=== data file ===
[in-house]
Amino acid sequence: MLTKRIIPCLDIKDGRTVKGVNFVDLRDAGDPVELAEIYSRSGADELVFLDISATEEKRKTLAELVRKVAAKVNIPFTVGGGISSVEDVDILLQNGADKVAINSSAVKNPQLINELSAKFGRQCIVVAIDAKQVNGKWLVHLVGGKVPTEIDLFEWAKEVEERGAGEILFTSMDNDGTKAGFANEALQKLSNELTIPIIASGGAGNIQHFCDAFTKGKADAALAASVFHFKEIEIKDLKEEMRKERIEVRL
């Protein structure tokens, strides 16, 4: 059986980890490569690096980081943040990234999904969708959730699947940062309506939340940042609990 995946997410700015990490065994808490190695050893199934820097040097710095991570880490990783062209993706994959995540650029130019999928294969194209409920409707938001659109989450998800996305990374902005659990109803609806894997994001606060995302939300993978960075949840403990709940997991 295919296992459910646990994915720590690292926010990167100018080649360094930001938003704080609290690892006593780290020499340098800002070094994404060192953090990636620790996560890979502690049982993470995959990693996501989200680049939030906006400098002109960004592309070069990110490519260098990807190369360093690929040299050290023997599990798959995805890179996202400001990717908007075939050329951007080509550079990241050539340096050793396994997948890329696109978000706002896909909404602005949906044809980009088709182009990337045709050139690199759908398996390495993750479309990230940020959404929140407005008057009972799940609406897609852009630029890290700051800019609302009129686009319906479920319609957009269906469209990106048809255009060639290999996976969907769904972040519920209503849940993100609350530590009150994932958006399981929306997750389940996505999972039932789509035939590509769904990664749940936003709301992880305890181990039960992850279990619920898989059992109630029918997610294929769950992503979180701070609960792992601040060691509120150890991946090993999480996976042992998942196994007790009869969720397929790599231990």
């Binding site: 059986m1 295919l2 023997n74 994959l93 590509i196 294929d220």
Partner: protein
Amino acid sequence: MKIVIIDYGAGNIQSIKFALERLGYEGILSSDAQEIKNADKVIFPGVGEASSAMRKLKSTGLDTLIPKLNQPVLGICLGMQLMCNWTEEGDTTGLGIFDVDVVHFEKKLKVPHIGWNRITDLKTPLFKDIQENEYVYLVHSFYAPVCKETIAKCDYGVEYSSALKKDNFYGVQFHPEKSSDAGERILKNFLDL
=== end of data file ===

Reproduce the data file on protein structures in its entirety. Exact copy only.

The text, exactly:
[in-house]
Amino acid sequence: MLTKRIIPCLDIKDGRTVKGVNFVDLRDAGDPVELAEIYSRSGADELVFLDISATEEKRKTLAELVRKVAAKVNIPFTVGGGISSVEDVDILLQNGADKVAINSSAVKNPQLINELSAKFGRQCIVVAIDAKQVNGKWLVHLVGGKVPTEIDLFEWAKEVEERGAGEILFTSMDNDGTKAGFANEALQKLSNELTIPIIASGGAGNIQHFCDAFTKGKADAALAASVFHFKEIEIKDLKEEMRKERIEVRL
């Protein structure tokens, strides 16, 4: 059986980890490569690096980081943040990234999904969708959730699947940062309506939340940042609990 995946997410700015990490065994808490190695050893199934820097040097710095991570880490990783062209993706994959995540650029130019999928294969194209409920409707938001659109989450998800996305990374902005659990109803609806894997994001606060995302939300993978960075949840403990709940997991 295919296992459910646990994915720590690292926010990167100018080649360094930001938003704080609290690892006593780290020499340098800002070094994404060192953090990636620790996560890979502690049982993470995959990693996501989200680049939030906006400098002109960004592309070069990110490519260098990807190369360093690929040299050290023997599990798959995805890179996202400001990717908007075939050329951007080509550079990241050539340096050793396994997948890329696109978000706002896909909404602005949906044809980009088709182009990337045709050139690199759908398996390495993750479309990230940020959404929140407005008057009972799940609406897609852009630029890290700051800019609302009129686009319906479920319609957009269906469209990106048809255009060639290999996976969907769904972040519920209503849940993100609350530590009150994932958006399981929306997750389940996505999972039932789509035939590509769904990664749940936003709301992880305890181990039960992850279990619920898989059992109630029918997610294929769950992503979180701070609960792992601040060691509120150890991946090993999480996976042992998942196994007790009869969720397929790599231990």
């Binding site: 059986m1 295919l2 023997n74 994959l93 590509i196 294929d220």
Partner: protein
Amino acid sequence: MKIVIIDYGAGNIQSIKFALERLGYEGILSSDAQEIKNADKVIFPGVGEASSAMRKLKSTGLDTLIPKLNQPVLGICLGMQLMCNWTEEGDTTGLGIFDVDVVHFEKKLKVPHIGWNRITDLKTPLFKDIQENEYVYLVHSFYAPVCKETIAKCDYGVEYSSALKKDNFYGVQFHPEKSSDAGERILKNFLDL